Tuesday, May 20, 2014

Newly wed means new challenges to face

The warm weather has finally arrived.  Once again, baseball and soccer fields will be surrounded by mini vans filled with youngsters eager to participate with their teammates.         

Spring is also the time when young adults get dressed up to attend their high school’s prom, followed by the pomp and circumstance of high school graduation.

Then comes college, and four years later, an auditorium or stadium full of young adults eager to go out and face the world.  As they sit there and listen to the encouraging and inspirational words of their commencement speaker, they’re hopeful that they can live up to his or her words.

Unfortunately, it may not be easy.  Because the road they must travel is going to be far different from the road my generation and I had to navigate.  Things have changed dramatically over the last few decades, and they will continue to do so.

Take my journey, for example. I no longer have a minivan.  I no longer receive phone calls asking me if I’m willing to chaperone for a high school event or field trip.  And, thankfully, I am finished writing checks for college tuition.  As spring turns into summer, I am officially at that stage of life that I like to call professional wedding attendee.

For the past few years, it seems like I was at a wedding reception almost every weekend.  Today, I’m excited to share with my readers that the next wedding I will be attending is one that my wife and I are hosting. My middle son is tying the knot with a lovely young lady.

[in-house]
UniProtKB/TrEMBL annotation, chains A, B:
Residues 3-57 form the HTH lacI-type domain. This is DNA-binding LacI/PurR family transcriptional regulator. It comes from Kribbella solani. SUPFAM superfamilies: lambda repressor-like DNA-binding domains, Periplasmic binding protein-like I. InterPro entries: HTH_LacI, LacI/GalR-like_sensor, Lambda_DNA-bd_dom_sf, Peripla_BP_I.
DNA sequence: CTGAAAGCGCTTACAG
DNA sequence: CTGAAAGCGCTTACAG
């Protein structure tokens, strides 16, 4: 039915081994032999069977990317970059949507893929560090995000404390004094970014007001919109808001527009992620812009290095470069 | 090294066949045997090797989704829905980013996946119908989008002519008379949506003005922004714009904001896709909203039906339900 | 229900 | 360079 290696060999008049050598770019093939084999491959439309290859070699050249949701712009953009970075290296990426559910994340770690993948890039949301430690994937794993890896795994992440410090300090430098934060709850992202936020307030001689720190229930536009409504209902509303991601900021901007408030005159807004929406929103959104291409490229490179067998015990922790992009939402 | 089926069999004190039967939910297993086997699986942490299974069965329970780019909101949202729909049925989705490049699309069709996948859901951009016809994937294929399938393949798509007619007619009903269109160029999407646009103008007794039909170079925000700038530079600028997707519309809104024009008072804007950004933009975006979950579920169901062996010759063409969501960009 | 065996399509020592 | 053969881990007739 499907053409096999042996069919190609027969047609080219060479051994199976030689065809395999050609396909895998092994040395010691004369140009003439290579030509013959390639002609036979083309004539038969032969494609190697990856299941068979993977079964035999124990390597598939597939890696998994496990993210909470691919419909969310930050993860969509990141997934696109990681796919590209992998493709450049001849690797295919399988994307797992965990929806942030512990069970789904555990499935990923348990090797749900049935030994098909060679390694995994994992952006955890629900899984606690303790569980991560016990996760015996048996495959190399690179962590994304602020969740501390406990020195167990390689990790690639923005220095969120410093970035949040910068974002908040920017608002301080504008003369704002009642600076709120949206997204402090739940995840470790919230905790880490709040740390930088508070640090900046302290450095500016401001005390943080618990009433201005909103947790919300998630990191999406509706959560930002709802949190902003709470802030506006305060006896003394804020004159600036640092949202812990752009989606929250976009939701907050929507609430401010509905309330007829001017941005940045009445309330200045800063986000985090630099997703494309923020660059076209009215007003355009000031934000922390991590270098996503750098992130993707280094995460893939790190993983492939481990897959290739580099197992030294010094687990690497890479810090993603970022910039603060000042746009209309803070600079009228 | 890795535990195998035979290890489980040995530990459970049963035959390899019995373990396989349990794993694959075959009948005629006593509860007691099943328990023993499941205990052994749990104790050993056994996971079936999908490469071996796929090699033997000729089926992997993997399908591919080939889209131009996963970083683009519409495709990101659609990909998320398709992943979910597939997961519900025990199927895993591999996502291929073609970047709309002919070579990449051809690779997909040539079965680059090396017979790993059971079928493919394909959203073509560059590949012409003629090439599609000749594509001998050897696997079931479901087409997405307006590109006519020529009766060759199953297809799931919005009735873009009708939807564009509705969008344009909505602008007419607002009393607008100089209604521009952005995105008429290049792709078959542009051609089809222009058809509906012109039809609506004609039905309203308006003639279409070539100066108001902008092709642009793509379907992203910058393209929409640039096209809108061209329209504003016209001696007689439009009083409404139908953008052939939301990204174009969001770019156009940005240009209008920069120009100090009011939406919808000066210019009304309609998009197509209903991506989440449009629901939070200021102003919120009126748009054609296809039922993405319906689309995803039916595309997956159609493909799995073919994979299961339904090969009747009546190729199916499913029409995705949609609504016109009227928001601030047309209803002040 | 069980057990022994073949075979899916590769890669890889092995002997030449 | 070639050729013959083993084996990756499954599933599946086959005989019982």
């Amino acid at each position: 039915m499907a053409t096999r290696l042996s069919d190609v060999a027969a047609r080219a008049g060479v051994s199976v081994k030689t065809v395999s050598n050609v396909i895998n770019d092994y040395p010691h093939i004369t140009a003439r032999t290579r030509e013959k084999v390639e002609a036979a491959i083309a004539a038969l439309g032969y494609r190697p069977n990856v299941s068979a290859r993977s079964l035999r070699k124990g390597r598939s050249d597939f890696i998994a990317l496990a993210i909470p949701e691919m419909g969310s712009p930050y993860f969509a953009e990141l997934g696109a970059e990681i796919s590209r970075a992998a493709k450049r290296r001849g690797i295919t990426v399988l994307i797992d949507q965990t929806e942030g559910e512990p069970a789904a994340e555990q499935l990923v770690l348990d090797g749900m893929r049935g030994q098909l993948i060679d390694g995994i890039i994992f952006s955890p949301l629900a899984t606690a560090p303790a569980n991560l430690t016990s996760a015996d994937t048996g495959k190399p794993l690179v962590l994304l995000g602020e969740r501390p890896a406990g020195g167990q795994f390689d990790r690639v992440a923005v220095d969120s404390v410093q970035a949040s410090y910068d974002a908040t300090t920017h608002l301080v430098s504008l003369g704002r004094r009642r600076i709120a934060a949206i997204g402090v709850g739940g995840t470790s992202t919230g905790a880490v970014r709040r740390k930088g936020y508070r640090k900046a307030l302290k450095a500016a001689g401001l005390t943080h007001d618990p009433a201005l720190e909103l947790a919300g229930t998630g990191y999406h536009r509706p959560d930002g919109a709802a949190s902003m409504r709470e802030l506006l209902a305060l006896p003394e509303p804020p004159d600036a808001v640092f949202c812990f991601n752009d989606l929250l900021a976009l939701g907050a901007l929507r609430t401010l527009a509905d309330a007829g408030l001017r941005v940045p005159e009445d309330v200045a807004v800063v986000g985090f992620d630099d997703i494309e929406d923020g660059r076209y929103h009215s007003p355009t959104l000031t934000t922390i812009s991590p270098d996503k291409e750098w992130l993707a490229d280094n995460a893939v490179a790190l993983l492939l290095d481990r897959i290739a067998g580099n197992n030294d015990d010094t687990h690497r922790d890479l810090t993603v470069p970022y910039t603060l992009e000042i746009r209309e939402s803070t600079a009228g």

From a financial perspective, as with so many other things in life, the cost of getting married is far more than I had imagined.  But, that’s not really surprising.

Looking back, every big-ticket item along my life’s journey cost more than I thought.  Who ever dreamed a new car would cost more than $20,000 or that it would be common for a new home to exceed $200,000?  Who ever imagined that someone could graduate from college with a burden of student loan debts of more than $100,000?

But the reality is everything in the world today is expensive.  A question that I frequently like to ask at our retirement education programs is, “Who paid more for their last car than they paid for the first house?”  Not surprisingly, there ‘s a chuckle and a lot of hands are raised indicating that that is indeed accurate.

Today, all adults tying the knot are facing incredible financial hurdles in their future.  It’s an expensive world that I believe will become even more expensive in the years ahead.  Not only will they face rising costs for big-ticket items, like housing and education, but I believe other significant burdens are also being put onto the shoulders of our young adults.

For example, there’s been a steady shift from corporate retirement programs to individual saving accounts.  More and more of the cost of health care has shifted onto the family.  And, of course, it seems like Uncle Sam’s insatiable appetite for taxes has no limits.

It’s exciting to see all these young couples getting married.  I hope they realize just how expensive their journey together will be.

And that they plan accordingly for what’s to come.

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